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Terror (1979)

Courtesy of Norman J. Warren

Main image of Terror (1979)
35mm, colour, 87 mins
DirectorNorman J. Warren
Production CompanyCrystal Film Productions
ProducersRichard Crafter & Les Young
ScreenplayDavid McGillivray
NovelLes & Moira Young
CinematographerLes Young
MusicIvor Slaney

Cast: John Nolan (James Garrick); Carolyn Courage (Ann); James Aubrey (Philip); Sarah Keller (Suzy); Tricia Walsh (Viv); Glynis Barber (Carol Tucker)

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A filmmaker holds a party to preview his new film, based on the bizarre and violent deaths of some of his ancestors after a witch's curse. But a terrifying chain of events proves that the curse is no mere myth.

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With lighting and sound effects inspired by Dario Argento's Suspiria (Italy 1977), Terror is effectively a series of horror 'set pieces' built around a fairly traditional tale of a family doomed by an ancient witch's curse. The prologue, in which this tale is told, turns out to be a film made by the protagonist, the first of several anti-climactic moments in which tension is built up, only to be defused when the perceived threat evaporates. However, when the moments of actual horror do come, the effects work extremely well for a low budget film and, where they are less skilful, expert camerawork and judicious editing hide many of their shortcomings.

One of the most effective of these moments takes place in the deserted film studio, where Philip is attacked by filmmaking paraphernalia. Camera dollies roll towards him, lights explode and empty cans and hundreds of feet of celluloid rain down on him - actually nine damaged prints of Saturday Night Fever (US, 1977) that director Norman J. Warren managed to obtain from Rank Laboratories.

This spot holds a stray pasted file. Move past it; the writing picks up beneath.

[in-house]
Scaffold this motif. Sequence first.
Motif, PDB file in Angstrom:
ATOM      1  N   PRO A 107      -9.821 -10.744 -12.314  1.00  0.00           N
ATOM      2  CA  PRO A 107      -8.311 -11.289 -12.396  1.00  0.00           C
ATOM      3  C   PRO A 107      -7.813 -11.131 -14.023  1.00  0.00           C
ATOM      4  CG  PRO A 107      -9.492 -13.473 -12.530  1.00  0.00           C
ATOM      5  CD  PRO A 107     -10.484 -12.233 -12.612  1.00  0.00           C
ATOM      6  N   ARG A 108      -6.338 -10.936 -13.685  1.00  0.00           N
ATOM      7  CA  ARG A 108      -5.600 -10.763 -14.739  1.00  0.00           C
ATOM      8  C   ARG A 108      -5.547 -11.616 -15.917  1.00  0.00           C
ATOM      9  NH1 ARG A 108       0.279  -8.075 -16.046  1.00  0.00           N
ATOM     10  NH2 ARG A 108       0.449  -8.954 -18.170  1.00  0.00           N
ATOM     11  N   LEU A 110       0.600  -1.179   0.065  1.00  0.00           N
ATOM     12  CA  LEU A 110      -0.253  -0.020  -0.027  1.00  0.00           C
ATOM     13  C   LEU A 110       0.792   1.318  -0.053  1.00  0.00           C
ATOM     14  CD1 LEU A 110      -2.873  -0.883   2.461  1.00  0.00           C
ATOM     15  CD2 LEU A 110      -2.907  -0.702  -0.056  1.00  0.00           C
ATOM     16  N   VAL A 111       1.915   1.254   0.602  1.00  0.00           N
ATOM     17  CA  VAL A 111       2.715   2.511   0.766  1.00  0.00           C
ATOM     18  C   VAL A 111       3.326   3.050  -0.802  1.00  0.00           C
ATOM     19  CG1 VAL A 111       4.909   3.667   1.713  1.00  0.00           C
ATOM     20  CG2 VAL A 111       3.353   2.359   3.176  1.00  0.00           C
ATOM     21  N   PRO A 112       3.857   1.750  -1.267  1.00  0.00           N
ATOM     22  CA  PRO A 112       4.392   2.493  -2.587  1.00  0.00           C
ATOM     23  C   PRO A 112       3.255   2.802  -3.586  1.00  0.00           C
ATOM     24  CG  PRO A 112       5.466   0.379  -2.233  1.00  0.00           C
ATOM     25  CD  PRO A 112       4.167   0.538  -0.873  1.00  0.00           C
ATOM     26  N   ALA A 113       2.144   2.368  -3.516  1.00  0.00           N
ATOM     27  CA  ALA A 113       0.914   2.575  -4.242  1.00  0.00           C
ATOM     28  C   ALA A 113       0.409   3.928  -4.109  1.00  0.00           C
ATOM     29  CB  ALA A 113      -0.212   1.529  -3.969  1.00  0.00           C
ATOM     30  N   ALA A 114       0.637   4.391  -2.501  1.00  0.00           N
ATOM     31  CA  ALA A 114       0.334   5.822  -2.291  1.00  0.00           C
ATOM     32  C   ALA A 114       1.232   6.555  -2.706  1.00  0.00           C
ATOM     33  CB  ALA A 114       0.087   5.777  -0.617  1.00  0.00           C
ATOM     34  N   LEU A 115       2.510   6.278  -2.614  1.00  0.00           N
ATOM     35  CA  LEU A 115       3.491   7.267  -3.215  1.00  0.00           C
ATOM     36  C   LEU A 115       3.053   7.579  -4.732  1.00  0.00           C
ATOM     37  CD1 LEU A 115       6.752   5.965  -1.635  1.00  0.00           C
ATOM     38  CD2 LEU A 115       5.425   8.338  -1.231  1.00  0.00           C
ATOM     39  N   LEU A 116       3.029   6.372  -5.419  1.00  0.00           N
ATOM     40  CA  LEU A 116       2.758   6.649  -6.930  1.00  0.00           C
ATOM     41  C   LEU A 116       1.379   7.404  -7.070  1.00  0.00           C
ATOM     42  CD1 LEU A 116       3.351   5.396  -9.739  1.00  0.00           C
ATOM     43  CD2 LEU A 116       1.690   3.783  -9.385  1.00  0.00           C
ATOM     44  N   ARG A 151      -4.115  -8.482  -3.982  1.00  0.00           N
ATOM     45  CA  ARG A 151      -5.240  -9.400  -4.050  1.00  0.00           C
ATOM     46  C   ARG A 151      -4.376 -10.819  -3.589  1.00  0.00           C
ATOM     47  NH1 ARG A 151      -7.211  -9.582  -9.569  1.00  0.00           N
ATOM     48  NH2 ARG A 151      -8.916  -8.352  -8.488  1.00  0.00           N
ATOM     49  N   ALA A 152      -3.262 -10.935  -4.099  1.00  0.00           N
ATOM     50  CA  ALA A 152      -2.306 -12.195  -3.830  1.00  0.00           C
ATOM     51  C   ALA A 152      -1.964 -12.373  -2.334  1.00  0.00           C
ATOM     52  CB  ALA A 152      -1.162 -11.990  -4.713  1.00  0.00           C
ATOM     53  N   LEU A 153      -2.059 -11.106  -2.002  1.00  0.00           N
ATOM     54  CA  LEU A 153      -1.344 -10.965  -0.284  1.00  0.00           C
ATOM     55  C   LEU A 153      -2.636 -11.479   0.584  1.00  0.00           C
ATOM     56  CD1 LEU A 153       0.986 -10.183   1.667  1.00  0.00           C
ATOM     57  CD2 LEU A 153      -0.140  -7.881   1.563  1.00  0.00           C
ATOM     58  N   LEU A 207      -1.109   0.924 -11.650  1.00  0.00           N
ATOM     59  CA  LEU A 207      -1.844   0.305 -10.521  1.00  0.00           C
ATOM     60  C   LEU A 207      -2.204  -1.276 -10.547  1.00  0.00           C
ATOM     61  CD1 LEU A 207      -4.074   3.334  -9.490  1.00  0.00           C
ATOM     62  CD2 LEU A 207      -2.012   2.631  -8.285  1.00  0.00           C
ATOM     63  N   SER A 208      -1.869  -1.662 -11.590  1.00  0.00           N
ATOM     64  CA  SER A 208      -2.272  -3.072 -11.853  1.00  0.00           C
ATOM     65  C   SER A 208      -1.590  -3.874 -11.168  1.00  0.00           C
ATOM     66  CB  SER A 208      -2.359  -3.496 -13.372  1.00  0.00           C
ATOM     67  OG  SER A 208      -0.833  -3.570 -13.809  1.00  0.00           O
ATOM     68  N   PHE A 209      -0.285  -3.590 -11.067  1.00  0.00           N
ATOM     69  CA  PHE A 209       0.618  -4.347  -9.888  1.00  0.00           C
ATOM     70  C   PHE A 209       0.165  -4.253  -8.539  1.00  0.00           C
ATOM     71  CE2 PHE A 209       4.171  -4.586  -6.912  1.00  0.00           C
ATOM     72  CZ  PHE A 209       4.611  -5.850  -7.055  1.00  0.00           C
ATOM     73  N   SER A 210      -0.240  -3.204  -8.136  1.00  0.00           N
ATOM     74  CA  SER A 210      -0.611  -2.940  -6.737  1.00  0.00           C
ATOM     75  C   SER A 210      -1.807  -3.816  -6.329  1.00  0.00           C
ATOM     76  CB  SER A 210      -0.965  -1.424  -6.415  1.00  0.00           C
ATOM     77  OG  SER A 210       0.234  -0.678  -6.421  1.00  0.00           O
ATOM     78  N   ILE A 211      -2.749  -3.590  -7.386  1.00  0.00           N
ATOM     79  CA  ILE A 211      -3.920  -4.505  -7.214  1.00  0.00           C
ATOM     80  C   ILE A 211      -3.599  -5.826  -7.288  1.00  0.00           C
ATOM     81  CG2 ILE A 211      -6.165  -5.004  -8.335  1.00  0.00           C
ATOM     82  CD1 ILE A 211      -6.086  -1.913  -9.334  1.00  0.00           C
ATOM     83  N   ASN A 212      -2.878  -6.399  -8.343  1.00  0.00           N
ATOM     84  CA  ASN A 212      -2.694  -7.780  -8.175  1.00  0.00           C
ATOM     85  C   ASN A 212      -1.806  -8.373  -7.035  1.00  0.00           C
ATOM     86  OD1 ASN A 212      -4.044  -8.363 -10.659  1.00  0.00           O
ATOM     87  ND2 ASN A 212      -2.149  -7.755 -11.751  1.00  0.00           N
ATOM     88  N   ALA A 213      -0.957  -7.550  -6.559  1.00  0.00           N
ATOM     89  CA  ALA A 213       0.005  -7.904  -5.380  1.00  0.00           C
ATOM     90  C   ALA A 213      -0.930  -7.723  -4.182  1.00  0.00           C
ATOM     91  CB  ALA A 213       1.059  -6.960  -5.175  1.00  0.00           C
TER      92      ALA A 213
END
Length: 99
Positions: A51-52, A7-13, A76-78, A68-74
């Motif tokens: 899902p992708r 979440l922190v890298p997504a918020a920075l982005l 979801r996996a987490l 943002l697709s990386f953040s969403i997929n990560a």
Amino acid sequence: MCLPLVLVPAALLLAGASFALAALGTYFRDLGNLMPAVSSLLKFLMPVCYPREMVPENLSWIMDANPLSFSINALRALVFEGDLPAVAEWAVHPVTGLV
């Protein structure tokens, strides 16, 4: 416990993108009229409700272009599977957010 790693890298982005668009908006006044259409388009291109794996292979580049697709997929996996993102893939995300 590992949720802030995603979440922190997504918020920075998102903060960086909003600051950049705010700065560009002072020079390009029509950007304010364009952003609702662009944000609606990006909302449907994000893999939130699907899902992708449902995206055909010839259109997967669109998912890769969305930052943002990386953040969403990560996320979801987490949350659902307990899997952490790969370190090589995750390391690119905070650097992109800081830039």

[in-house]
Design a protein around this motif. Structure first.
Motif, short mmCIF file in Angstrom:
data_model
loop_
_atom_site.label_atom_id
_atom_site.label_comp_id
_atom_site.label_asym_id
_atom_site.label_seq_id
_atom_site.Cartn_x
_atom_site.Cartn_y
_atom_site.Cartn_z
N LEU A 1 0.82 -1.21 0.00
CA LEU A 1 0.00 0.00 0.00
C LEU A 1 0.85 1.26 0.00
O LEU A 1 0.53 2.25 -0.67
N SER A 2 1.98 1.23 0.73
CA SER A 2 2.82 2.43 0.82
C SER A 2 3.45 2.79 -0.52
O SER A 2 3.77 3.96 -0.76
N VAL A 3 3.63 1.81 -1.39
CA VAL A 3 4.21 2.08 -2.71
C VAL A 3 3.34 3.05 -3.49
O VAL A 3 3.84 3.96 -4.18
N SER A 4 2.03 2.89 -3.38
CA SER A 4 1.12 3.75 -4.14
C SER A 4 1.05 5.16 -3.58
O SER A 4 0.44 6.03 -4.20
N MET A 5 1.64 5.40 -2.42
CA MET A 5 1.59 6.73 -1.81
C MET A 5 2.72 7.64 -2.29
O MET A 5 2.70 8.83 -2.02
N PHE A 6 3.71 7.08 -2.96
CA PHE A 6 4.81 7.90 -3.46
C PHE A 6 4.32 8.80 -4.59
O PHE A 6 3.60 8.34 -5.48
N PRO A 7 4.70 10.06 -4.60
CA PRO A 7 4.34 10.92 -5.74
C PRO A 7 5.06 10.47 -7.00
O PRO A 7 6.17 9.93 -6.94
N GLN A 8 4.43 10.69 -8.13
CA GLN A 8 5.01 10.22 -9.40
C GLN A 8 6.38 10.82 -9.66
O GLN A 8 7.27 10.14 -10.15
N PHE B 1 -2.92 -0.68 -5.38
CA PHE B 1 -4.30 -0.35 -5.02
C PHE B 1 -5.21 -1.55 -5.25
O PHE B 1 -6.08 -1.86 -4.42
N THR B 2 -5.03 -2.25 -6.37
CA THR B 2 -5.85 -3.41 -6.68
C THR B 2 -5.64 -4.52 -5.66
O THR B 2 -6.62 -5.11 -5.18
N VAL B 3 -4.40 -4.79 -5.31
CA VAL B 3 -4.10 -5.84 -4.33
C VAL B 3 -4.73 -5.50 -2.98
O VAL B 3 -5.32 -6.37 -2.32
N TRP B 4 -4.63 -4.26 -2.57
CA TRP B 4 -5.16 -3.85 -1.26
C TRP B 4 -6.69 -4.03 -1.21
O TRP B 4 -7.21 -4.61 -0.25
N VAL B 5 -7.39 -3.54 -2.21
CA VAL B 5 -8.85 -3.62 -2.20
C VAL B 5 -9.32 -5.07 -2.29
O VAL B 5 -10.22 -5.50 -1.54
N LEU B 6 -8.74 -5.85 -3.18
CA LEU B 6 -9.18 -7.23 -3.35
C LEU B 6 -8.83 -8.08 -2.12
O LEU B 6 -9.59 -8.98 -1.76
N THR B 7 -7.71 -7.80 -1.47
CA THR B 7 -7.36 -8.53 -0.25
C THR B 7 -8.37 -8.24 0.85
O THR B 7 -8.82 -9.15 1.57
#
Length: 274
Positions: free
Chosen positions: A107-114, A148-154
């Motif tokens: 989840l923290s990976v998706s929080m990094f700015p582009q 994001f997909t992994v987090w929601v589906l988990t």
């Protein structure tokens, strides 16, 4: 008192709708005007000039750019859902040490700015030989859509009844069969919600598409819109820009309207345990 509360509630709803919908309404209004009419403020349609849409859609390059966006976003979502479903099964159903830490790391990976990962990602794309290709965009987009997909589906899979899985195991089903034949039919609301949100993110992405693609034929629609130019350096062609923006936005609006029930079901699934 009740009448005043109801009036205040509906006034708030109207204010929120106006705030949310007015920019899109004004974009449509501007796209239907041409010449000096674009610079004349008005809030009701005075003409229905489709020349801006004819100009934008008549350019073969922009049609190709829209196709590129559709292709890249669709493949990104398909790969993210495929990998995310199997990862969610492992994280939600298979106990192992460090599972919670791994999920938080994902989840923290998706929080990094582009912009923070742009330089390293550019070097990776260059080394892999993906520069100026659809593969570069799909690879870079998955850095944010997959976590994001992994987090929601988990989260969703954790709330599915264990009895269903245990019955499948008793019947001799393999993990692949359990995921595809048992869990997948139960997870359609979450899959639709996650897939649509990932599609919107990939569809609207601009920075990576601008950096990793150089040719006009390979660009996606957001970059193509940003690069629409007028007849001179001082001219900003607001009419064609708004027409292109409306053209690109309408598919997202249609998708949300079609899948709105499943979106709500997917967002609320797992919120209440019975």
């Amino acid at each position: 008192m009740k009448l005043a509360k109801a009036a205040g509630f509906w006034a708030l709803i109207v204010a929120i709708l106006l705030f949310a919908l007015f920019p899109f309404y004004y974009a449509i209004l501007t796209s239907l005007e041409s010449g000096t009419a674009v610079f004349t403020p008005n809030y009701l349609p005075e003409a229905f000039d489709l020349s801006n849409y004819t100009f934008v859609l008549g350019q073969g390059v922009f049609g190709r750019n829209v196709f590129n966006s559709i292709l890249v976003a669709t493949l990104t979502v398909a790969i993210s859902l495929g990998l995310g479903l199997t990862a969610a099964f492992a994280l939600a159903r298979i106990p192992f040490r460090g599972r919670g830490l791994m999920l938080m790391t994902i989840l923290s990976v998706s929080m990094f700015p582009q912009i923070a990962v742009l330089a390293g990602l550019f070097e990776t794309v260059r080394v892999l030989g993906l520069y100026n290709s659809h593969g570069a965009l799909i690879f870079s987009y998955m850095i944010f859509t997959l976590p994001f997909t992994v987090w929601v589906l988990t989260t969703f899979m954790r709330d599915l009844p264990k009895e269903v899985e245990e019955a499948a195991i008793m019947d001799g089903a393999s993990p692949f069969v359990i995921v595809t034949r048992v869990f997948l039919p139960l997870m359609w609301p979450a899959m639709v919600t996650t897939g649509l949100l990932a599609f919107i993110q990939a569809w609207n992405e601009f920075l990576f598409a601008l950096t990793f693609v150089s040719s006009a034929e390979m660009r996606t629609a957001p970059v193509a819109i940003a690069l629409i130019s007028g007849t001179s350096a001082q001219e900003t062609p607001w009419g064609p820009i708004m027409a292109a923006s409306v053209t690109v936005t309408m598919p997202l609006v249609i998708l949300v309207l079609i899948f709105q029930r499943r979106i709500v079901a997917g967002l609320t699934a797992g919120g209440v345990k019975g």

Warren no doubt drew on his own experience of making adult films for the scenes of 'light relief' which intersperse the murderous mayhem, in which a crew are filming an amateurish soft porn movie entitled 'Bathtime for Brenda'. This, Terror's second 'film within a film', is tame in comparison with the full frontal nudity of the erotic dancer at the nightclub where Ann and Viv work. This lengthy sequence, undoubtedly excised from the original UK release, makes the film far more akin to European exploitation, as do the lingering shots on the gory aftermath of the grisly deaths.

The production of Terror was funded using the takings from Warren's hugely profitable 1975 film Satan's Slave and was itself a financial success, topping the British box office chart for a week. This was a period when the plethora of London cinema screens could find space for low-budget independent films, which could do as well as, or even better than, the major studio releases.

Jo Botting

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Video Clips
1. A curse (2:46)
2. The curse returns (2:45)
3. Blood on the ceiling (2:14)
4. Possessed car (3:51)
Satan's Slave (1976)
Witchfinder General (1968)
Warren, Norman J. (1942-)